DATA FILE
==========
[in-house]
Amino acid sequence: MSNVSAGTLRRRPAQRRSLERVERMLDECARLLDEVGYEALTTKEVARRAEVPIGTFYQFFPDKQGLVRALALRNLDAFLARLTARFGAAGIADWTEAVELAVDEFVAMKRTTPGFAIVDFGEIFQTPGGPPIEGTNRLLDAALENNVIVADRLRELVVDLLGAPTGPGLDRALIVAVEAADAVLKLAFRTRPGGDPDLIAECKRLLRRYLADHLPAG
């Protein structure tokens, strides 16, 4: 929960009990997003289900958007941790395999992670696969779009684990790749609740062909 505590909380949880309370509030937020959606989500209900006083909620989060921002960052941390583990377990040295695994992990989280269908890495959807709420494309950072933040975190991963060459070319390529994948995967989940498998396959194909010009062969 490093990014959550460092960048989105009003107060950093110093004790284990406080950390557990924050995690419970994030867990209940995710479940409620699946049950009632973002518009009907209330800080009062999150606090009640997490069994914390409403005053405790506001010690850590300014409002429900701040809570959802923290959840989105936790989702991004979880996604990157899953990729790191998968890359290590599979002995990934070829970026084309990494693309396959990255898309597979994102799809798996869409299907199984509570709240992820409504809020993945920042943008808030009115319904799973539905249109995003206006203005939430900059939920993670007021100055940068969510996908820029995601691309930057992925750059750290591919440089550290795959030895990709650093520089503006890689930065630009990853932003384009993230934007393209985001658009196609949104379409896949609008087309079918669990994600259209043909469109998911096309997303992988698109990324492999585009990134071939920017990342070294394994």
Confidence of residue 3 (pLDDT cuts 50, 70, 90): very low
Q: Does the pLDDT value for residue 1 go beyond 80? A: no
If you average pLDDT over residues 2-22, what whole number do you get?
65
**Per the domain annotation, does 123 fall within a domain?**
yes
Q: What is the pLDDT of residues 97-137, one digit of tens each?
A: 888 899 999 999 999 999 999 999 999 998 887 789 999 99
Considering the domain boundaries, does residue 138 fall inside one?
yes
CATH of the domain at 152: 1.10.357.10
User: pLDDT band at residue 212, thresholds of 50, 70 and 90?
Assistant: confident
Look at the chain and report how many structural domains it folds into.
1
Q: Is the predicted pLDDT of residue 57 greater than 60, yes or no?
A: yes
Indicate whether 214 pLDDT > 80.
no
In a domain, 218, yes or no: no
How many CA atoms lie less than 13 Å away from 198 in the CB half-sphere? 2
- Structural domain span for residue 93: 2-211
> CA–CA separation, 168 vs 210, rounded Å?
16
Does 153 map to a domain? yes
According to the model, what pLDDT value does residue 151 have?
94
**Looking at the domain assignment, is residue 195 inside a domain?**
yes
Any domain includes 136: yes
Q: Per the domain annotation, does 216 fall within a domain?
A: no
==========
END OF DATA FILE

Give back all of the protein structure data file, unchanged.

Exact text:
[in-house]
Amino acid sequence: MSNVSAGTLRRRPAQRRSLERVERMLDECARLLDEVGYEALTTKEVARRAEVPIGTFYQFFPDKQGLVRALALRNLDAFLARLTARFGAAGIADWTEAVELAVDEFVAMKRTTPGFAIVDFGEIFQTPGGPPIEGTNRLLDAALENNVIVADRLRELVVDLLGAPTGPGLDRALIVAVEAADAVLKLAFRTRPGGDPDLIAECKRLLRRYLADHLPAG
């Protein structure tokens, strides 16, 4: 929960009990997003289900958007941790395999992670696969779009684990790749609740062909 505590909380949880309370509030937020959606989500209900006083909620989060921002960052941390583990377990040295695994992990989280269908890495959807709420494309950072933040975190991963060459070319390529994948995967989940498998396959194909010009062969 490093990014959550460092960048989105009003107060950093110093004790284990406080950390557990924050995690419970994030867990209940995710479940409620699946049950009632973002518009009907209330800080009062999150606090009640997490069994914390409403005053405790506001010690850590300014409002429900701040809570959802923290959840989105936790989702991004979880996604990157899953990729790191998968890359290590599979002995990934070829970026084309990494693309396959990255898309597979994102799809798996869409299907199984509570709240992820409504809020993945920042943008808030009115319904799973539905249109995003206006203005939430900059939920993670007021100055940068969510996908820029995601691309930057992925750059750290591919440089550290795959030895990709650093520089503006890689930065630009990853932003384009993230934007393209985001658009196609949104379409896949609008087309079918669990994600259209043909469109998911096309997303992988698109990324492999585009990134071939920017990342070294394994």
Confidence of residue 3 (pLDDT cuts 50, 70, 90): very low
Q: Does the pLDDT value for residue 1 go beyond 80? A: no
If you average pLDDT over residues 2-22, what whole number do you get?
65
**Per the domain annotation, does 123 fall within a domain?**
yes
Q: What is the pLDDT of residues 97-137, one digit of tens each?
A: 888 899 999 999 999 999 999 999 999 998 887 789 999 99
Considering the domain boundaries, does residue 138 fall inside one?
yes
CATH of the domain at 152: 1.10.357.10
User: pLDDT band at residue 212, thresholds of 50, 70 and 90?
Assistant: confident
Look at the chain and report how many structural domains it folds into.
1
Q: Is the predicted pLDDT of residue 57 greater than 60, yes or no?
A: yes
Indicate whether 214 pLDDT > 80.
no
In a domain, 218, yes or no: no
How many CA atoms lie less than 13 Å away from 198 in the CB half-sphere? 2
- Structural domain span for residue 93: 2-211
> CA–CA separation, 168 vs 210, rounded Å?
16
Does 153 map to a domain? yes
According to the model, what pLDDT value does residue 151 have?
94
**Looking at the domain assignment, is residue 195 inside a domain?**
yes
Any domain includes 136: yes
Q: Per the domain annotation, does 216 fall within a domain?
A: no